Corporate Eye

Pay to Play–Intern Style


Again, I’m a little bit shocked.  First I found out that aspiring government employees pay to have other people write their KSAs, and no one seems to notice.  Now I’ve learned that prospective/recent college grads (or their parents) are paying to obtain desirable internships.

According to a story in the New York Times, there’s a mini-industry growing up around the unpaid internship market.  The options available to aspiring interns range from matching services to auctions (yes, really), but the big boat in this regatta will take the student from resume to interview to offer to apartment, with tourist amenities thrown in.  All for under $10,000!

Companies say they regard this as a useful service, providing them with better interns while reducing the effort required to acquire them.  Parents say they regard it as a worthwhile investment.  And one assumes that the interns consider it a splendid opportunity–and/or a  way to get something of value without a lot of effort.

Is this okay?  On the one hand, market opportunities are always going to be exploited by somebody, and apparently the demand for internships has been sky-rocketing.  In terms of the fairness question–arguably, only better-off students can afford to spend their summers accruing unpaid experience instead of flipping burgers to fund the next semester anyway.  So perhaps it doesn’t make any real difference if the well-funded compete amongst themselves?

But on the other hand . . . students who can afford to pay for play in the internship market probably already have a lot more connections than their less-fortunate peers.  Should they also get the resume boost of a high-value internship–without an asterisk that says “placed by a paid broker”?

Another thought:  The student who gets ushered into an internship (and doesn’t even need to find an apartment or figure out the city map) may not be getting the full benefit of this step toward professional and personal maturity.

To get the placement side of the story, visit this website for a leading provider.  Then, if your company utilizes interns, you might consider these questions:

  • What is the point of the intern program? Free workers, potential employees, community service, or . . . . ?
  • Is the intern program clearly and effectively presented on the corporate website?
  • Do you know when intern candidates are being “packaged”? Does it matter?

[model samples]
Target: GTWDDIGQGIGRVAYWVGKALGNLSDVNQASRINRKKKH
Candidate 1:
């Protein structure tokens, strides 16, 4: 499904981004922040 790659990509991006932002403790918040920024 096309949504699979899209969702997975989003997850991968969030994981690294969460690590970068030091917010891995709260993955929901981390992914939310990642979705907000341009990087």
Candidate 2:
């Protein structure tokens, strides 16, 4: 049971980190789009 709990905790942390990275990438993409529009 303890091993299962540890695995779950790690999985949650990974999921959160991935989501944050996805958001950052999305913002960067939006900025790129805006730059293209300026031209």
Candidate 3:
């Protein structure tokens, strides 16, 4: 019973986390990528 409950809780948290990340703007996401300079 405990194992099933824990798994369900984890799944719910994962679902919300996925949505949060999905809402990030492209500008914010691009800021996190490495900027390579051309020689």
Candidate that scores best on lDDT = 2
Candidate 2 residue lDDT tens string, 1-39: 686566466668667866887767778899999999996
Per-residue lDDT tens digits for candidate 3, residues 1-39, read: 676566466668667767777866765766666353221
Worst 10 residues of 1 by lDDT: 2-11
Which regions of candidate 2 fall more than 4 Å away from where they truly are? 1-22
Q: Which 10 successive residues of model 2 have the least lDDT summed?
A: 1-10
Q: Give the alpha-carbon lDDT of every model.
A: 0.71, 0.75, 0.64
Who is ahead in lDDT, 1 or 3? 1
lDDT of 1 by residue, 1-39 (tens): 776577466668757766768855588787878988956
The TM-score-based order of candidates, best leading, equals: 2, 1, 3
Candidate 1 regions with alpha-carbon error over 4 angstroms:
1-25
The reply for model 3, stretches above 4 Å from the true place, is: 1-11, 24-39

• Would it be more cost-effective for your company to work with an intern broker? Would that be consistent with your program goals?

In truth, I’m not sure whether this is a big deal or I’m just being cranky.  The program I looked at seemed to promise something like summer camp (take your pick–New York, L.A., Las Vegas, Barcelona, Sidney, Shanghai!) with a bonus of “real world” credit for doing unspecified tasks involved with marketing, fashion, television, finance, etc.

So maybe I just want to be an intern!  Or maybe I just want to think bright, hard-working, un-rich young people have an equal chance to do unpaid work in exchange for undiluted experience.

(Thanks to Daniel/borman818 for the “money shot”!)

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Cynthia Giles has followed a serpentine career path from academia to publishing to marketing and design to information technology and corporate communications. There’s plenty of detail about this journey at, but briefly--the common theme has been ideas, and how to present them effectively. Along the way, she became an accidental expert on data warehousing and business intelligence, and for the past ten years she has combined corporate contracting with an independent consulting practice that focuses on marketing strategy for smaller businesses and non-profits. Having spent quite a bit of time looking for work, and anywhere from two weeks to two years inside a wide variety of American companies—she has given much thought to what works (and what doesn’t) when it comes to creating a great employment fit.